SUMMARY OF THE INVENTION

One of the advantages of the present invention is that it provides a method for concealing an IR-detectable marking from an unaided human eye. An IR sensor may be capable of detecting markings that are visible in the IR, non-visible spectrum, and the visible spectrum. For various reasons, it may be desirable for the marking to be discernible to an IR sensor, but not by the human eye. Using an object that has a marking not apparent to the user adds to the mystique when the IR sensor is able to discern the marking and recognize an object. As another example, the physical object may be a game piece, so that it would be desirable that the marking be discernible by the IR sensor, but not by an opponent, to prevent an identity or value of the game piece from being recognized by the opponent upon seeing the marking.

Although it is known to fit objects with lenses or filters that might limit the ability to identify a marking in a particular spectrum, the thickness of such lenses or filters would likely add undesirable mass, bulk, or thickness to an object. Thus, for example, if the objects that carry the markings are generally two-dimensional objects, such as tokens, chips, pucks, tiles, or playing cards, attaching a filter to the object to cover the marking may cause the object to be unwieldy. By contrast, embodiments of the present invention use a thin coating applied to the object that does not add significant bulk and does not make the object clumsy to handle.

One aspect of the present invention is thus directed to a method for concealing a marking discernible by an IR sensor. (While the present invention is clearly usable with markings that are detected by sensors responsive to other non-visible portions of the spectrum, such as the ultraviolet waveband, an initial embodiment is directed to an application that employs an IR sensor.) A portion of an object bearing the marking is identified. A fluid coating having the properties of at least partial opacity to light in the visible spectrum and at least partial transparency to light in the IR spectrum is chosen. The fluid coating is then applied over the marking such that the marking remains discernible in the IR spectrum while becoming at least partially invisible in the visible spectrum.

In accordance with one embodiment of the present invention, the object includes a game piece having at least one surface bearing content that an opponent should not be able to see during at least a portion of a game in which the game piece is used. The game piece may include, for example, a playing card, a chip, a puck, a tile, or a token.

The marking may include at least one coding scheme, such as a bar code, a matrix code, a radial code, or a gray scale code, or can be an identifiable differentiable shape. The fluid coating may include at least one of a paint, a lacquer, a varnish, or another fluid coating. For example, the fluid coating may include Liquitex® Acrylic Artistic Color acrylic paint in a Naphthol Crimson color. Alternatively, a plurality of fluid coatings may be applied such that the combination of fluid coatings disposed over the markings enable the markings to remain identifiable in the IR spectrum, while becoming largely invisible in the visible spectrum. For example, the fluid coatings may include Design Master™ Color Tool Spray Paints in the colors Deep Blue #743 and Cranberry #713. The fluid coating can be applied by brushing, spraying, dipping, pouring, or electrostatic deposition.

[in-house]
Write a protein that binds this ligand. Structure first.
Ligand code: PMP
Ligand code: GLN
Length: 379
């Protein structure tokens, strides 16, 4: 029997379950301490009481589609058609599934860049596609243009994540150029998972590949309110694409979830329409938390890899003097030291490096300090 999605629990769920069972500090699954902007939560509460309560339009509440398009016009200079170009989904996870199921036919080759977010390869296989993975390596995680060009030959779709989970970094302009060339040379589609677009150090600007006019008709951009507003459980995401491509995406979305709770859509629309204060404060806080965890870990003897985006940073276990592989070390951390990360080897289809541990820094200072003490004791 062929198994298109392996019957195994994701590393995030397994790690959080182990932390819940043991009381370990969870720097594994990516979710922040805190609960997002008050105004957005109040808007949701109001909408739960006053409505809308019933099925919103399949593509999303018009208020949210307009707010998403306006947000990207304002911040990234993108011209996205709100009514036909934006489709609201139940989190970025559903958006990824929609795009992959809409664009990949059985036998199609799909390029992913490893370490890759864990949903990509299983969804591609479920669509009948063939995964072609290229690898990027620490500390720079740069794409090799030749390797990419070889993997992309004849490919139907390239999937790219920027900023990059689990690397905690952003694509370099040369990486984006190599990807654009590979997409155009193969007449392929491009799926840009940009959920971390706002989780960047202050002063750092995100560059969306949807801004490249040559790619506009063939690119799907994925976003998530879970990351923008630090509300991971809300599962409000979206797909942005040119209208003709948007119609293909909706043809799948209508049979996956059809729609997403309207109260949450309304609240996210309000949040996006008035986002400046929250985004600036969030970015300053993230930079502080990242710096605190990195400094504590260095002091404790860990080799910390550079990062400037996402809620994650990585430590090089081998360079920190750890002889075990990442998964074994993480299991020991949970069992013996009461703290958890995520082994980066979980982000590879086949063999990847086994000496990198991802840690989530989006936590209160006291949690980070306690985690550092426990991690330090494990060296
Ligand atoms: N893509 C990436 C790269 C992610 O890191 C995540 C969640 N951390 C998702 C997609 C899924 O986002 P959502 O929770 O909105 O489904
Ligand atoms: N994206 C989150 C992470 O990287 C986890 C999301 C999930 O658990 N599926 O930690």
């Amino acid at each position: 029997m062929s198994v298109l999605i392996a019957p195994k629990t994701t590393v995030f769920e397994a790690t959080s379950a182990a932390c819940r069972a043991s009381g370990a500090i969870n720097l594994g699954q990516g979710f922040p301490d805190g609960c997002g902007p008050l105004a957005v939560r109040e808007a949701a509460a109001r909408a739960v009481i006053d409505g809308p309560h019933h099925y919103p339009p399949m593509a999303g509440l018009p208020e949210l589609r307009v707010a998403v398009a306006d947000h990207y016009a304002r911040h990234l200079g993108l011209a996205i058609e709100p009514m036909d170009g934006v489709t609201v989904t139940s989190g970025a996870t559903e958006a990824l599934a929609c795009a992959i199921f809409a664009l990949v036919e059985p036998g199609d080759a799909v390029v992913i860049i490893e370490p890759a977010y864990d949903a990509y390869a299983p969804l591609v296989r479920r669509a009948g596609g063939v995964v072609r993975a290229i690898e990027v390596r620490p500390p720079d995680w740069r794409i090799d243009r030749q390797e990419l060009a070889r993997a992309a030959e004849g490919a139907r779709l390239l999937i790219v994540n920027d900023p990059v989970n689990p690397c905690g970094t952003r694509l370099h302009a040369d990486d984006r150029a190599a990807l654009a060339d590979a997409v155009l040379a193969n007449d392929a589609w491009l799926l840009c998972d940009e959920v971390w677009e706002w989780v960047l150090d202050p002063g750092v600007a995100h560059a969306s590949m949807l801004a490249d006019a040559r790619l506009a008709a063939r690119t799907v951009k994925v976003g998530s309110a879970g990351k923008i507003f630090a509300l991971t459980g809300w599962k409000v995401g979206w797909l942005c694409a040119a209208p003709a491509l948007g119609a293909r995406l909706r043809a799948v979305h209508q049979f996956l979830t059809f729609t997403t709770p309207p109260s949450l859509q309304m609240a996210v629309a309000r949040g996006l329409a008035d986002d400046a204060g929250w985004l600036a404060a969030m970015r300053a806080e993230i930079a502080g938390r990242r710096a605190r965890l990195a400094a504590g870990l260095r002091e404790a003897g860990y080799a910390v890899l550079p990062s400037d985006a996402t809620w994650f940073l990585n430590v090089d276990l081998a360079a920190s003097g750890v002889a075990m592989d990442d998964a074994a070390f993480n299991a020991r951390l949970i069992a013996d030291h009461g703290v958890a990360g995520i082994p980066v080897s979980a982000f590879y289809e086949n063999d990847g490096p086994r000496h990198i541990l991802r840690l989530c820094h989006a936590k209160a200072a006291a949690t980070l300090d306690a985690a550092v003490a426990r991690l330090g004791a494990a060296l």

An embodiment of the present invention may further comprise choosing a thin substrate that is at least partially transparent in the visible and IR spectra. The fluid coating is applied to the thin substrate, and the thin substrate is attached to the object, over the marking. Thus, the fluid coating may be applied to a sheet of the thin substrate that is larger than the marking on the physical object. A section of the substrate is then cut from the substrate and applied over the marking.

The fluid coating possesses the properties of at least partial opacity to light in the visible spectrum and at least partial transparency to light in the IR spectrum when the fluid coating is dried and/or cured.

BRIEF DESCRIPTION OF THE DRAWING FIGURES

The foregoing aspects and many of the attendant advantages of this invention will become more readily appreciated as the same becomes better understood by reference to the following detailed description, when taken in conjunction with the accompanying drawings, wherein:

FIG. 1 is a functional block diagram of a generally conventional computing device or personal computer (PC) that is suitable for use with an interactive display surface in practicing the present invention;

FIG. 2 is a cross-sectional view illustrating internal components of an interactive display surface in the form of an interactive table that includes an integral PC;

FIG. 3 is an isometric view of an embodiment in which the interactive table is connected to an external PC;

FIGS. 4A-4C illustrate exemplary optical codes that may be applied to objects so that the objects are detectable by an IR vision system;

FIG. 5A illustrates an enlarged cross-sectional view of art encoded item with the marking not concealed and thus, visibly apparent to a human observer;

FIG. 5B illustrates an enlarged cross-sectional view of an encoded item with the marking concealed with a coating according to an embodiment of the present invention so that the code is not visibly apparent to a human observer;

FIG. 6 is a flow diagram illustrating the logical steps for masking IR detectable codes in the visible spectrum according to an embodiment of the present invention; and

FIGS. 7A-7G, 8A-8B, and 9 illustrate examples of applications for which visible light-blocking coatings according to embodiments of the present invention enhance the application by thinly covering IR-discernible markings to enable an IR vision system to detect optical codes while preventing human observers from viewing the markings.